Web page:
‘Joyrider’ is a coming of age story set against the backdrop of the Ballymun housing estate in Dublin, Ireland. The book documents rites of passage on the 'block': experiences that convert youthful abandon to criminal enterprise.
Inspired by societal changes in his native Ireland, McDonnell spent several years working in Ballymun as residents were being relocated in anticipation of the complex’s final demolition. The estate, constructed to replace Dublin's inner city tenements in the 1960s, was a failure from inception. Despite its utopian vision, the lack of planning and infrastructure rendered the area chronically underdeveloped. Ballymun became an iconic symbol of Dublin's underclass, ravaged by successive drug epidemics and inter-generational malaise.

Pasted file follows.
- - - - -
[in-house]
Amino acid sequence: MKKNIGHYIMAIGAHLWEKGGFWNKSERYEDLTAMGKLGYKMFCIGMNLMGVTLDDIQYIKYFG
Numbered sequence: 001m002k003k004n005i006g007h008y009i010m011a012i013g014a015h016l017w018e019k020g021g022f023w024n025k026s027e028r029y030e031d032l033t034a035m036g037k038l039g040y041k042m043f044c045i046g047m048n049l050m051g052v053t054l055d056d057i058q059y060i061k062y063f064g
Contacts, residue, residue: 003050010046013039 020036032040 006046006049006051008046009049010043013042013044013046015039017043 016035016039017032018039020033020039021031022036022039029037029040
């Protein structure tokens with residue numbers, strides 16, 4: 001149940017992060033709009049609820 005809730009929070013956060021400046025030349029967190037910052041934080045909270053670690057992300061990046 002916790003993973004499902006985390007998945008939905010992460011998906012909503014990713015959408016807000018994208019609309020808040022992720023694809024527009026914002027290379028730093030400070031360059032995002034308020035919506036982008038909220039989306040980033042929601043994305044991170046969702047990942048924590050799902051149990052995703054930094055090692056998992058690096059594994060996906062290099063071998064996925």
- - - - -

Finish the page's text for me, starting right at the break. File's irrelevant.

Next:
‘Joyrider’, now beautifully published in its complete form for the first time, depicts a marginalized youth reclaiming space in the face of this “urban regeneration.” We see, writ large, the forces and tensions that shape and mold us all as young individuals: creation and destruction, inclusion and escapism, environment and identity.
McDonnell, whose background is in film, marries his fair for the cinematic with a kinetic visual language to make Joyrider a participatory work. The pacing and sequencing of his photographs propel us through the narrative, making us feel briefly, thrillingly, like one of the gang.
We accompany the characters through their transgressions, conquests, and their rituals, both boring and sublime.
The book is a breathless ride: a fleeting but glorious glimmer of transcendence, a middle finger raised to the State and its misguided social experiments.